Katie Stemp, Founder Seattle Farm School & Urban Homestead Foundation
When Katie Stemp, Founder of the Seattle Farm School and the Urban Homestead Foundation started training for the Rock & Roll half marathon back in 2014, she had no idea where it, and a few jams from Macklemore, would lead her. She had just had he second child and was struggling to find her “purpose outside of being a mom.” All her thoughts blended together to produce the Seattle Farm School that opened Oct. 2014. At the school students of all ages take classes that teach them skills to knit, garden, can jam, make goats milk soap, and even plan for an emergency with confidence. About a year later, through her connections in the homesteading community, Katie’s second venture was born, the non-profit Urban Homestead Foundation. Its goal is to create “a community gathering space based on urban agriculture.” And its plan includes food-producing, trees and bushes; mason bees and bat houses to help with pollination; and picnic benches and tables where the community can come together. Count us in!

It’s no surprise this West Seattle mom to three, Bella (7), Jonny (4) and baby Alice (due October 6), loves spending time with her family at the beach collecting rocks, building sandcastles and chasing crabs in her spare time. When it comes to work, Katie recognizes family, friends and some pretty cool tech tools she can lean on when she needs to. Her husband and kids definitely top the list, thanks to their willingness to help mom run errands, from one end of town to the next so she can get things done.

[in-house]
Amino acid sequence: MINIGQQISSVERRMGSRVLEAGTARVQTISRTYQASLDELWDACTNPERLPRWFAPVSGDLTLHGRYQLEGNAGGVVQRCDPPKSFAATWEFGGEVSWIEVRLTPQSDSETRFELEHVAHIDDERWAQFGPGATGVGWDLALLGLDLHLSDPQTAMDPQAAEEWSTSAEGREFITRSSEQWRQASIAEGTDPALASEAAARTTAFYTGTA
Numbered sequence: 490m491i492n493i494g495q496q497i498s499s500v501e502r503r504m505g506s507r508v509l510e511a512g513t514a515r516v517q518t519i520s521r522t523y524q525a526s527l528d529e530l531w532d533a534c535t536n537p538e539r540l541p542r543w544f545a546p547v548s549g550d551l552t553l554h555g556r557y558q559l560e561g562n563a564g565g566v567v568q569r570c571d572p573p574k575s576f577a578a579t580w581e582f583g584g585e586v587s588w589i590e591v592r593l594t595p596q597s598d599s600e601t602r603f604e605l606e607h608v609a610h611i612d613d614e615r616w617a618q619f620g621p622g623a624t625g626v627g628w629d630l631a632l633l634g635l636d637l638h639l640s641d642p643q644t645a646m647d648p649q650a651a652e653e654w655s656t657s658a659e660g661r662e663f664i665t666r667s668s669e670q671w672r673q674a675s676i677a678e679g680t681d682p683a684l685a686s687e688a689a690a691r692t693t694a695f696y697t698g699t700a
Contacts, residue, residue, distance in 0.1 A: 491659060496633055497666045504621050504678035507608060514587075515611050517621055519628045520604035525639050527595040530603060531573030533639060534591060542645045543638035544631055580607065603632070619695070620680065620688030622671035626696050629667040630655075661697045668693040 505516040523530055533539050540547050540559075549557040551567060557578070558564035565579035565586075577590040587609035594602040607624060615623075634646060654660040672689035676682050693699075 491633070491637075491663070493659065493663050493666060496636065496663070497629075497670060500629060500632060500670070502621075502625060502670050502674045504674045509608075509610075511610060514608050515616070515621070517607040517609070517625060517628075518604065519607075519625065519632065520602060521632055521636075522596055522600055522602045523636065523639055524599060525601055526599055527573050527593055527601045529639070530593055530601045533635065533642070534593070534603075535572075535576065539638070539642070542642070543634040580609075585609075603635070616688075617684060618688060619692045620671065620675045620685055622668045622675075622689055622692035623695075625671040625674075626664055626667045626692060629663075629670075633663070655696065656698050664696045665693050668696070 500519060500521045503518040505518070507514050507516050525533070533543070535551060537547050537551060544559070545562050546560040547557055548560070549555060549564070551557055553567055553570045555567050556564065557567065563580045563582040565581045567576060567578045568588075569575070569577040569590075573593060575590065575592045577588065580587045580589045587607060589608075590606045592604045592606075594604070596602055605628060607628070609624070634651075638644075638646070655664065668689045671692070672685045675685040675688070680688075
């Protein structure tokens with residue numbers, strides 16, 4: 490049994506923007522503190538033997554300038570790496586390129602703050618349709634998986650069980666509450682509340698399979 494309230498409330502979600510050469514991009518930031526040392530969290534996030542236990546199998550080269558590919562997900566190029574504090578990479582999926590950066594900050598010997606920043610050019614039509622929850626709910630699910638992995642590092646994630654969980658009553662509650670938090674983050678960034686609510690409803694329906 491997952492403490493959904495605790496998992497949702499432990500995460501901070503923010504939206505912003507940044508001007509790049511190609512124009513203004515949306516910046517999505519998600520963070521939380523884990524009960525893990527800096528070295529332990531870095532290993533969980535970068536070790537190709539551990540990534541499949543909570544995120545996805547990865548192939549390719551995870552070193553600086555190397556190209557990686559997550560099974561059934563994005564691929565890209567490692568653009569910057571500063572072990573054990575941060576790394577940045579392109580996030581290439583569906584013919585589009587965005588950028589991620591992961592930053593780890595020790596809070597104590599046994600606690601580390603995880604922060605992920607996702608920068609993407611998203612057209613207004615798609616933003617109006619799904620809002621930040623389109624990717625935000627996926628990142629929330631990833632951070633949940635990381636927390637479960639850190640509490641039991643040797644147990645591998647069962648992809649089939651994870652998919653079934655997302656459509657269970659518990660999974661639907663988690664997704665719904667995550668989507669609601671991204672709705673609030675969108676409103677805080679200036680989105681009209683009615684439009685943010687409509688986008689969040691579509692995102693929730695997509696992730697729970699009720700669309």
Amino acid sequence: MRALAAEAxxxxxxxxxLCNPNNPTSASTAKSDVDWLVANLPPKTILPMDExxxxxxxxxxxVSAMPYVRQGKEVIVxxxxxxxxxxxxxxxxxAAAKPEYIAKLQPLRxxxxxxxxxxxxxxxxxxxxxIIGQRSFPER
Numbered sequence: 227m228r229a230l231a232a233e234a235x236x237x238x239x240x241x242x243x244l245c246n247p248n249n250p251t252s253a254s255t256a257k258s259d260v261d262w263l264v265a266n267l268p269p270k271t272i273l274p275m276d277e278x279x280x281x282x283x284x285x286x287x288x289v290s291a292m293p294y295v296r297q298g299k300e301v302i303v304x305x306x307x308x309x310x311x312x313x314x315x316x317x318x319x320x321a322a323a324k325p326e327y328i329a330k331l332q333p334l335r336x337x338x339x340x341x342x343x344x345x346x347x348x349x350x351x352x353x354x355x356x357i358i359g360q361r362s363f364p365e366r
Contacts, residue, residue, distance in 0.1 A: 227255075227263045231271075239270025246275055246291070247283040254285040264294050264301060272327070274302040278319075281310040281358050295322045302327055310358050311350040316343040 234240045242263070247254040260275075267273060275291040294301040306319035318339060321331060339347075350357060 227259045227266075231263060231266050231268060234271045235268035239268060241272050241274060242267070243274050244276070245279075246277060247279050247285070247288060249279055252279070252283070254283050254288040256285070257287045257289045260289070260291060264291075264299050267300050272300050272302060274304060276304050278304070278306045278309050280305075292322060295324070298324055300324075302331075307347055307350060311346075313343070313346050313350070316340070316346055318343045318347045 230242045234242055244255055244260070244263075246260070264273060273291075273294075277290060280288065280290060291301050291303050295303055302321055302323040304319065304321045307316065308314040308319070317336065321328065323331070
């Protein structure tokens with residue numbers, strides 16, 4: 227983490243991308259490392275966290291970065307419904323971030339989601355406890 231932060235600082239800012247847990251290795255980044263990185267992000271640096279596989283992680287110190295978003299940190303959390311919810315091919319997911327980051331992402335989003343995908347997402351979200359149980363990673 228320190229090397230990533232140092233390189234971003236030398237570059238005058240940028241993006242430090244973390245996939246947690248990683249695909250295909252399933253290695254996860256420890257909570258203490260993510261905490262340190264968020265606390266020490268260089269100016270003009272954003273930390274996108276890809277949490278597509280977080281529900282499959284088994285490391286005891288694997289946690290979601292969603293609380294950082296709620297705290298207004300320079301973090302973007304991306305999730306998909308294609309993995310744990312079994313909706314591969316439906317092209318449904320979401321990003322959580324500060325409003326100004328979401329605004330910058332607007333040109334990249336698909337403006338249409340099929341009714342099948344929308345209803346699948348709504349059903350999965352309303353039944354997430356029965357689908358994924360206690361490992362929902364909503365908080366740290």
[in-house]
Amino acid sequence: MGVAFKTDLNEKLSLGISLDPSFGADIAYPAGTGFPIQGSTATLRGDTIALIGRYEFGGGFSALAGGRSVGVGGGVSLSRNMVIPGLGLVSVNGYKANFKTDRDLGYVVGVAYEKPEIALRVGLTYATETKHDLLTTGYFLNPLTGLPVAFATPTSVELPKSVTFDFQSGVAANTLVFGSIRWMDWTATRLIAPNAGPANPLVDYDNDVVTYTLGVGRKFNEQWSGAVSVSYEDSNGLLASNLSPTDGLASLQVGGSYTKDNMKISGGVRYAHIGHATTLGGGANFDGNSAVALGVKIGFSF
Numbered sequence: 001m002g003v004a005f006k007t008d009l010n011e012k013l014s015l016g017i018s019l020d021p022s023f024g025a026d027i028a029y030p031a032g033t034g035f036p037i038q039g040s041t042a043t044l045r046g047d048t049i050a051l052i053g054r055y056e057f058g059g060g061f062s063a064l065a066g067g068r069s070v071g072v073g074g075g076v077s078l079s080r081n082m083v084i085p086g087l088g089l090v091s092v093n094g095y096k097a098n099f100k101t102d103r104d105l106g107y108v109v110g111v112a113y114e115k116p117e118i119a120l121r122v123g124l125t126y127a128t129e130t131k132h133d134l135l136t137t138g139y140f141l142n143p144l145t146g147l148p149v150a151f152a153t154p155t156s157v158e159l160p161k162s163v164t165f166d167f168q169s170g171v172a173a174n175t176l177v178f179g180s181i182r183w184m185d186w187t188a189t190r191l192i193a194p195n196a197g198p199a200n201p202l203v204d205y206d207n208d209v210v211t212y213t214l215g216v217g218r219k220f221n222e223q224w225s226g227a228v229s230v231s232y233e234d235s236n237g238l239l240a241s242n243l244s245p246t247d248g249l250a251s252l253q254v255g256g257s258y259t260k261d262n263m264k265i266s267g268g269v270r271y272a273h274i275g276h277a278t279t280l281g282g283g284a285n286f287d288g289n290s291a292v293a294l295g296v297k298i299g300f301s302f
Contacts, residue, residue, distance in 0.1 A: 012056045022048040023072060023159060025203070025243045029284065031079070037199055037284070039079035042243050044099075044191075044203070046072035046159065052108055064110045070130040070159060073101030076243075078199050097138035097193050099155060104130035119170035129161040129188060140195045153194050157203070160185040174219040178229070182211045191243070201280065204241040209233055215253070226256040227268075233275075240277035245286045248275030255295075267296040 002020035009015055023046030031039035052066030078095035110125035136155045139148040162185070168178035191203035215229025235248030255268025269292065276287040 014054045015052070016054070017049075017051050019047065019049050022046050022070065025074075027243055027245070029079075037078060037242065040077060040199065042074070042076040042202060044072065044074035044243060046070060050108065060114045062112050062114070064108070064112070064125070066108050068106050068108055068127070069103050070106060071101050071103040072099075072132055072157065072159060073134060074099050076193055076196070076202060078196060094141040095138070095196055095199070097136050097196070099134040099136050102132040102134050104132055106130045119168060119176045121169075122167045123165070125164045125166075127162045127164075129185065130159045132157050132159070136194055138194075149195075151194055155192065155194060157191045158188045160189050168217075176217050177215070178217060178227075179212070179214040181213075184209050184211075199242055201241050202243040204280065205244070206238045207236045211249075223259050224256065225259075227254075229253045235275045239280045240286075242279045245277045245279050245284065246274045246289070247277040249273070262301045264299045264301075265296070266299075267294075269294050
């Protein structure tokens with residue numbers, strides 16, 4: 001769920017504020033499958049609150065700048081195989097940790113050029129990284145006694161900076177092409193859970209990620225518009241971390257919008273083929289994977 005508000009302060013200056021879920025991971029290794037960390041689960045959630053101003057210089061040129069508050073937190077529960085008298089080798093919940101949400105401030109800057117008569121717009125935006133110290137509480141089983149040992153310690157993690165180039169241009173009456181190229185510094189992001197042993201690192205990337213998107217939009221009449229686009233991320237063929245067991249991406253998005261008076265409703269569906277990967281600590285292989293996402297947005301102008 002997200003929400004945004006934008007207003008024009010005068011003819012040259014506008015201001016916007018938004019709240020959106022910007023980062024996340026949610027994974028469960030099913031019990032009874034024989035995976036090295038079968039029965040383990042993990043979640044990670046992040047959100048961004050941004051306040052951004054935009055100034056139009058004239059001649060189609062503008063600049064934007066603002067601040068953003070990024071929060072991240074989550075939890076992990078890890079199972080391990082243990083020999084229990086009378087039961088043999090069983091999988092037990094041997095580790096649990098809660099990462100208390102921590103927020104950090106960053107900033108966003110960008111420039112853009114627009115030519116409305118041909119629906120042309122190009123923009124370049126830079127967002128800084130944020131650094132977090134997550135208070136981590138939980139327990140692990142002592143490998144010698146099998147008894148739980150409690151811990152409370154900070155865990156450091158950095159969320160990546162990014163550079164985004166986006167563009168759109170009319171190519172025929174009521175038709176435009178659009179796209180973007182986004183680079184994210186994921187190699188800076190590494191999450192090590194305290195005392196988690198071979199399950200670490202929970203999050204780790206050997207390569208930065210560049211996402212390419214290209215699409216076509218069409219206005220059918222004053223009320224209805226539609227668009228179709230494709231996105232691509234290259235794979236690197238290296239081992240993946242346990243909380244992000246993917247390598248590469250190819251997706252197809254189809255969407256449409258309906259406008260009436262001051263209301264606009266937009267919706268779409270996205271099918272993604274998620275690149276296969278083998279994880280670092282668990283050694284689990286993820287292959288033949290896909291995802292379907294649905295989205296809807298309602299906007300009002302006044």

Power Mom Pearl: “I’ve…learned to give myself grace when I don’t get things done as quickly as I wish I could. There’s always more to do than time to do it….Every day is challenging, full and so rewarding.”

photo: Megan Byma

 

West Seattle Blog: The Dakota Homestead Project

West Seattle Blog: The Dakota Homestead Project

We sat down recently with UHF president Katie Stemp, under the shady trees out front of the site she and other volunteers hope to transform.

Here’s where they’re at:

“We’re at the very beginning of our public-outreach phase – it has taken 6 to 8 months to get the foundation started and all the paperwork filed … we can now position ourselves to start fundraising and educating the community.” That means plans for events and fundraisers and contacting potential donors, “what companies and family foundations are in the area that would have the interest and funding … to boost our culture here.”